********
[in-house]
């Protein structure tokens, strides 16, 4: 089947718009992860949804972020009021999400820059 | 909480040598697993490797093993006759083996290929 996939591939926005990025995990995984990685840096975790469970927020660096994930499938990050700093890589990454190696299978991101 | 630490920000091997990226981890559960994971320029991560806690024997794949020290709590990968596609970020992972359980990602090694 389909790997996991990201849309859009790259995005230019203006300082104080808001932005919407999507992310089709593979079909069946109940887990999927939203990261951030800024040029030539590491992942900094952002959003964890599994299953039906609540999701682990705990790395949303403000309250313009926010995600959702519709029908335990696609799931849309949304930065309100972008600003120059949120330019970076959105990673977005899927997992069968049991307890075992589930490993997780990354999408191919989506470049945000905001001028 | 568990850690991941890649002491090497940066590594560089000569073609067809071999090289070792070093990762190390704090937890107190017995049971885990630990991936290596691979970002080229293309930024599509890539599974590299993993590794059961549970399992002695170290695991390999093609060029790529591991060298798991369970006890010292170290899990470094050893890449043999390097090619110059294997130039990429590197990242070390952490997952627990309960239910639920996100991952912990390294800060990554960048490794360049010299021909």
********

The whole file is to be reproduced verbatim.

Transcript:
[in-house]
């Protein structure tokens, strides 16, 4: 089947718009992860949804972020009021999400820059 | 909480040598697993490797093993006759083996290929 996939591939926005990025995990995984990685840096975790469970927020660096994930499938990050700093890589990454190696299978991101 | 630490920000091997990226981890559960994971320029991560806690024997794949020290709590990968596609970020992972359980990602090694 389909790997996991990201849309859009790259995005230019203006300082104080808001932005919407999507992310089709593979079909069946109940887990999927939203990261951030800024040029030539590491992942900094952002959003964890599994299953039906609540999701682990705990790395949303403000309250313009926010995600959702519709029908335990696609799931849309949304930065309100972008600003120059949120330019970076959105990673977005899927997992069968049991307890075992589930490993997780990354999408191919989506470049945000905001001028 | 568990850690991941890649002491090497940066590594560089000569073609067809071999090289070792070093990762190390704090937890107190017995049971885990630990991936290596691979970002080229293309930024599509890539599974590299993993590794059961549970399992002695170290695991390999093609060029790529591991060298798991369970006890010292170290899990470094050893890449043999390097090619110059294997130039990429590197990242070390952490997952627990309960239910639920996100991952912990390294800060990554960048490794360049010299021909």